So what often happens is the defendant tells the story clearly on direct (while his/her own lawyers questions), while the prosecution is carefully culling every word the defendant uses to find something to tease out that will undermine the testimony. For instance, if Adnan had testified, he might have said he was upset when he broke up with Hae, but that he got over it and started dating other girls. A prosecutor would then ask questions like: You say you were upset over breaking up with your girlfriend, but isn't it fast to get over a serious girlfriend, you truly cared about, in just a few weeks? And then Adnan is trapped because if he says, "No, I was totally over her by the time of her disappearance," the prosecution suggests that this is unrealistic and the average person wouldn't have moved on yet (hinting to the jury that he's lying), but if Adnan says "Well, I was still upset about Hae, but I was getting over it by dating," then the prosecution gets to argue in closing, look how obsessed Adnan was with Hae -- it was weeks and there were other girls that wanted to date him, but he couldn't stop obsessing about Hae! This is why a good lawyer can poke holes in anyone's story and then use that against you - which is why the 5th amendment is so important and also why as a listener of "Serial" you should not be making any inference on Adnan's guilt or innocence based on his not testifying.
So Christina Gutierrez's decision to not have Adnan testify was not necessarily a bad one. It was a safe one. Every defense attorney only risks putting the defendant on the stand as a last resort. Because ideally, if you're doing a good job and poking holes in the prosecution's case, you can convince the jury to acquit without needing your client to testify. Christina clearly had a reputation for being a good defense attorney when she took Adnan's case and her decision to not have Adnan testify was likely a cocky one, but not prima facie a bad one.
2. Stories always change in retelling because people don't have perfect memories, even when they're telling the truth.
Sarah Koenig is generous in understanding the reality that it can be hard for anyone to remember where exactly he/she was six weeks ago. But she seems rather critical, as do most people, and as do most juries, of the slightest change in the retelling of a story, and Sarah particularly harps on the differences when it comes to Jay.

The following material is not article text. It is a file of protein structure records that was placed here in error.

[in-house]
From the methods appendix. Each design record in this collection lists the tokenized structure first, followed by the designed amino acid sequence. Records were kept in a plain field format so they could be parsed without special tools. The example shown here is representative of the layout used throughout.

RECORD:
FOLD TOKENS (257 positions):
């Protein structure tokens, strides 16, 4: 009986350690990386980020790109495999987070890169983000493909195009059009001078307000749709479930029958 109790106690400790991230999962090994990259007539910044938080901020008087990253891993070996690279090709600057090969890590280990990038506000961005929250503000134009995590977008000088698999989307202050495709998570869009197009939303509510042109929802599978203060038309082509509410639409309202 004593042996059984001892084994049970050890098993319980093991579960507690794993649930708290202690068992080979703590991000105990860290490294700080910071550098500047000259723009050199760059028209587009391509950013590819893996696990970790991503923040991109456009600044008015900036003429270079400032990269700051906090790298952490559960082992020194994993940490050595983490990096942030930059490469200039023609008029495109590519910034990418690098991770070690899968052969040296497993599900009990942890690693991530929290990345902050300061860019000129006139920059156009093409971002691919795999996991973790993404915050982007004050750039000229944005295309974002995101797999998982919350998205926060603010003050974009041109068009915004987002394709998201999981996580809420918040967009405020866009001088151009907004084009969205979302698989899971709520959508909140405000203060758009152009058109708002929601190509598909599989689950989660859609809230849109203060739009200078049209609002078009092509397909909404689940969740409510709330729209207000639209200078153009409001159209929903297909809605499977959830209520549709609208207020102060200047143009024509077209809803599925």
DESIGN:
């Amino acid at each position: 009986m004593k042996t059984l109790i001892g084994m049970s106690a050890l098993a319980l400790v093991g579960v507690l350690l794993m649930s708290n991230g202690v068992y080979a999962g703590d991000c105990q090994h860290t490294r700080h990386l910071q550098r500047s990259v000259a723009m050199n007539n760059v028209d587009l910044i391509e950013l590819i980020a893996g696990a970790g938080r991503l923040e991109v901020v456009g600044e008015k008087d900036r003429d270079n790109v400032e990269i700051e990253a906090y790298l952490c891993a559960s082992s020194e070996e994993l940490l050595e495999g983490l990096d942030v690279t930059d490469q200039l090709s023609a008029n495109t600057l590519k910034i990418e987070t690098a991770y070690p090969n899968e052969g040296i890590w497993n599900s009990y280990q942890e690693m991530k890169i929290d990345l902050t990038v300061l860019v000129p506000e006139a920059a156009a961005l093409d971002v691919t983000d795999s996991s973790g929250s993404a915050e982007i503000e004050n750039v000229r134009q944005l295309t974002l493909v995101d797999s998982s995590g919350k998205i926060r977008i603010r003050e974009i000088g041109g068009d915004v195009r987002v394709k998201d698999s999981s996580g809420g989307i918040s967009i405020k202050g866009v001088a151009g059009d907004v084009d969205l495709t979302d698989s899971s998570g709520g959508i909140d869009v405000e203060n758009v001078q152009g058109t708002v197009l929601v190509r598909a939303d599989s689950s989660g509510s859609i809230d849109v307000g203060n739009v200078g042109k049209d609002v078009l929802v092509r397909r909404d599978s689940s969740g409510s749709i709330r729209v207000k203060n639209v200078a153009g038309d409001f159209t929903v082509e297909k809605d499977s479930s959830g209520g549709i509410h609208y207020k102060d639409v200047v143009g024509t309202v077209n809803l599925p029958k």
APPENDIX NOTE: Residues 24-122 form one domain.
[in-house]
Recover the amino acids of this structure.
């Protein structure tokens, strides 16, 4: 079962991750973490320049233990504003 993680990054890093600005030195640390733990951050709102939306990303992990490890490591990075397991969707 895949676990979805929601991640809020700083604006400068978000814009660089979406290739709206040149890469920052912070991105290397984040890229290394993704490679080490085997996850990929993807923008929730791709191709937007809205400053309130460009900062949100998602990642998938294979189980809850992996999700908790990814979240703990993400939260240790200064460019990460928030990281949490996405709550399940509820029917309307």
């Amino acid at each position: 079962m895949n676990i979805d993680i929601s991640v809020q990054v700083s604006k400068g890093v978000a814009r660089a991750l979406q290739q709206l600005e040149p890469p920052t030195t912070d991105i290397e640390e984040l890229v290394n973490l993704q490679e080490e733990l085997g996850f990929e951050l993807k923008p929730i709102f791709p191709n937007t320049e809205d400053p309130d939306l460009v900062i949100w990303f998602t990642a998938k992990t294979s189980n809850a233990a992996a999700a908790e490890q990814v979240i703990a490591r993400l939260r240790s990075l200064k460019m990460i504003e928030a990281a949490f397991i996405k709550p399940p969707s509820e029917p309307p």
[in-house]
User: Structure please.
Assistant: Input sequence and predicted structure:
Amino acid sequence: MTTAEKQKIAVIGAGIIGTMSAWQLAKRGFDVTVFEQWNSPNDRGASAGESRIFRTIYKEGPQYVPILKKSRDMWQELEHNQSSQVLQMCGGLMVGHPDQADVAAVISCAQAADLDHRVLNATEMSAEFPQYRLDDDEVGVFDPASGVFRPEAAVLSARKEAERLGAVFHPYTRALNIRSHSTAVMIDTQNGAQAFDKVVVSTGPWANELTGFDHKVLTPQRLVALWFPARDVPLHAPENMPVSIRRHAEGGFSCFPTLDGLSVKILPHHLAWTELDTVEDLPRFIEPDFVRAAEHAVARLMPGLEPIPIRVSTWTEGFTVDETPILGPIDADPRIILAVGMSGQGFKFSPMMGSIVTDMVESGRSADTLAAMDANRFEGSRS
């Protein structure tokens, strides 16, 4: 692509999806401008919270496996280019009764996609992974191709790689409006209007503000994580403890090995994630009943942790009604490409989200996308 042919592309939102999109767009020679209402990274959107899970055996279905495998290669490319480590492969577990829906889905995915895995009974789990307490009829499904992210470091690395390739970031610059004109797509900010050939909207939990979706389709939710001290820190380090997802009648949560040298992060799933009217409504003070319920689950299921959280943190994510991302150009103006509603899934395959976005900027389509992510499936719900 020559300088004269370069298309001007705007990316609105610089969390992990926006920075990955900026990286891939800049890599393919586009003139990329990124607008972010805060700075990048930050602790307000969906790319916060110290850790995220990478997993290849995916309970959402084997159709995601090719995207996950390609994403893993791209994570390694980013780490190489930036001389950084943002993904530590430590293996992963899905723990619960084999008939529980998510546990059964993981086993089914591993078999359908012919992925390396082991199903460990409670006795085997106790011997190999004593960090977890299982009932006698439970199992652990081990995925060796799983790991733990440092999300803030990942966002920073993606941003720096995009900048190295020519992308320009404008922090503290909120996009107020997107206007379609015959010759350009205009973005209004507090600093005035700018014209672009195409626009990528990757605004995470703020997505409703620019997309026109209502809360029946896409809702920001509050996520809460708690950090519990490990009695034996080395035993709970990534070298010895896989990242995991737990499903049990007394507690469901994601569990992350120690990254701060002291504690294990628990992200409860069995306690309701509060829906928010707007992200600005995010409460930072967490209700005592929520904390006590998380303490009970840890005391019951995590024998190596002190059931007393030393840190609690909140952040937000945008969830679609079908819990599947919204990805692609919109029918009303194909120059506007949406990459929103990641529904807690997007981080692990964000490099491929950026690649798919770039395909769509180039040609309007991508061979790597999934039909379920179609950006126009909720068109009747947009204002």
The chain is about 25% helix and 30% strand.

Think about a story you tell often. Maybe it's a break-up story, your engagement story, the how you met your spouse story, or the worst holiday get together you ever went to. You will likely notice that it varies a little with each retelling. Sometimes you have less time so you tell the short version. Sometimes you're drunk and people are finding you hilarious and you're telling the long version with all the jokes. Sometimes you cut out the worst parts because it's not appropriate at work. Sometimes you avoid emphasizing the love part because the listener has just gotten divorced. Sometimes, you're exhausted and starving, and you don't tell it as well as usual because your brain isn't working well. If you've ever practiced telling a story for a speech without notes, you've likely either forgotten something or added something when you finally performed it. Because that's how our brains work. Not only are our memories imperfect (really suggest you read this recent article to realize how imperfect they are), but even when we do remember things perfectly, we just tell the story differently at different times.